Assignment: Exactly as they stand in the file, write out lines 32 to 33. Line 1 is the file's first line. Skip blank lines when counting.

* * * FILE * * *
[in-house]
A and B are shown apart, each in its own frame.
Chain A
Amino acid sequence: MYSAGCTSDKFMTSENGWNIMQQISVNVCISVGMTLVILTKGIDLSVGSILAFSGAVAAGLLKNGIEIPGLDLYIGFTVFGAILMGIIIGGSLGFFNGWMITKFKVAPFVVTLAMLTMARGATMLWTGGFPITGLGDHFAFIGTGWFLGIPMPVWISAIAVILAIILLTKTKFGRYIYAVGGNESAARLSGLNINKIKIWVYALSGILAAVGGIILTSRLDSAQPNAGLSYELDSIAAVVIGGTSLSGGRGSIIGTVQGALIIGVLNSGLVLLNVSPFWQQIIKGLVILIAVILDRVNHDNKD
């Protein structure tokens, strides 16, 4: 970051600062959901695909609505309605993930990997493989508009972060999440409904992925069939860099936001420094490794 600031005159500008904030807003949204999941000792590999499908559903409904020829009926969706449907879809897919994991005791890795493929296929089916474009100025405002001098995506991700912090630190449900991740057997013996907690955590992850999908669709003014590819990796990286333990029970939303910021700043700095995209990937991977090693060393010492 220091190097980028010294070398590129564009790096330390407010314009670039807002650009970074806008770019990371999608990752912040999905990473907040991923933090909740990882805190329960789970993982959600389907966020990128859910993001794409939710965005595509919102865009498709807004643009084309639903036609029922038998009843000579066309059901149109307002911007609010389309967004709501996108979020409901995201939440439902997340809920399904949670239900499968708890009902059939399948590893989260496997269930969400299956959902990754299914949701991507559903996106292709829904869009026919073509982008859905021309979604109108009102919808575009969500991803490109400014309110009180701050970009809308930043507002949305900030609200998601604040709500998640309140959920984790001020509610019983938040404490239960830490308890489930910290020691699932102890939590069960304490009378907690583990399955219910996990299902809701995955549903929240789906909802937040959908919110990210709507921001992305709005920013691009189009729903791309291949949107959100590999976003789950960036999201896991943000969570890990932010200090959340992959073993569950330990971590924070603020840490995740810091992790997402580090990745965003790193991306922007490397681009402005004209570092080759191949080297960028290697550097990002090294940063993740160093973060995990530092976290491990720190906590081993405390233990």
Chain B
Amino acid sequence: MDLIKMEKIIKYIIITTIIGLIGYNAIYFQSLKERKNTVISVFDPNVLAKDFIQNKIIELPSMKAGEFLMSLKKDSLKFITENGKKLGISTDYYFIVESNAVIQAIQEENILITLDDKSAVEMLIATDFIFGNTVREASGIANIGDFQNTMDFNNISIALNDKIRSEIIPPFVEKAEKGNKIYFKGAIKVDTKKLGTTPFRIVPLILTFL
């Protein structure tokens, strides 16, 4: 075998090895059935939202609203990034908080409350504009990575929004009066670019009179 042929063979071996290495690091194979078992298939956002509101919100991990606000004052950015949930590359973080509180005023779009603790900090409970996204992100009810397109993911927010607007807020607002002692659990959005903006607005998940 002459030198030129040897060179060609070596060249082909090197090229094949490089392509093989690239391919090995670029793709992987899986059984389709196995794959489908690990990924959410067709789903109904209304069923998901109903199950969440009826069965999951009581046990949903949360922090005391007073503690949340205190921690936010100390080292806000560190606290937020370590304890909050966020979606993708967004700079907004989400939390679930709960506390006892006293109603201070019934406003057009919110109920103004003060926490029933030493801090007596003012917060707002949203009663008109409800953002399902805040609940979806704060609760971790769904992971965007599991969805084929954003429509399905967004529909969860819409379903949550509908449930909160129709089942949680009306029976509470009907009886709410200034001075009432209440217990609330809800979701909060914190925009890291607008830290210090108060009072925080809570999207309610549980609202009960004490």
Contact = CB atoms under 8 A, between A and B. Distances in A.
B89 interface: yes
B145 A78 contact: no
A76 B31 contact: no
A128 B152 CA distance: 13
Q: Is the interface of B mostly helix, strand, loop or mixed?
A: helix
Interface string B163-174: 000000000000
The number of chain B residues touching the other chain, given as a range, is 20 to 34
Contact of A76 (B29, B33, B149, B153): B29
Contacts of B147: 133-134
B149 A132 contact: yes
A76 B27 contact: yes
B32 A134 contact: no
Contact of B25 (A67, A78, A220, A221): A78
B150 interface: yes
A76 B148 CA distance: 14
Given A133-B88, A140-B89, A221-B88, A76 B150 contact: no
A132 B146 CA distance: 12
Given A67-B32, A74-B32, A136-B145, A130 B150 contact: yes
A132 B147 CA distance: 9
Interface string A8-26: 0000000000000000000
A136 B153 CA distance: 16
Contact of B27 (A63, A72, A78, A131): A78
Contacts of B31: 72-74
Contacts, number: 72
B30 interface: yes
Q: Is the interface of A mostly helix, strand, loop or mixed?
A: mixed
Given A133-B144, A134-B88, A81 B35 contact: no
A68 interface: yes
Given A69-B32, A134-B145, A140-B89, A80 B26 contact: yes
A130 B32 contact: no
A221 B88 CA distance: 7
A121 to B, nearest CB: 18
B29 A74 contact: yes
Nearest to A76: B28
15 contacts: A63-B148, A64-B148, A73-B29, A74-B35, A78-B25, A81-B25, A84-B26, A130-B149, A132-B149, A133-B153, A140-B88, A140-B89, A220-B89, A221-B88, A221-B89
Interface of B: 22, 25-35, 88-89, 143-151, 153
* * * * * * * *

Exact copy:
Contact of B27 (A63, A72, A78, A131): A78
Contacts of B31: 72-74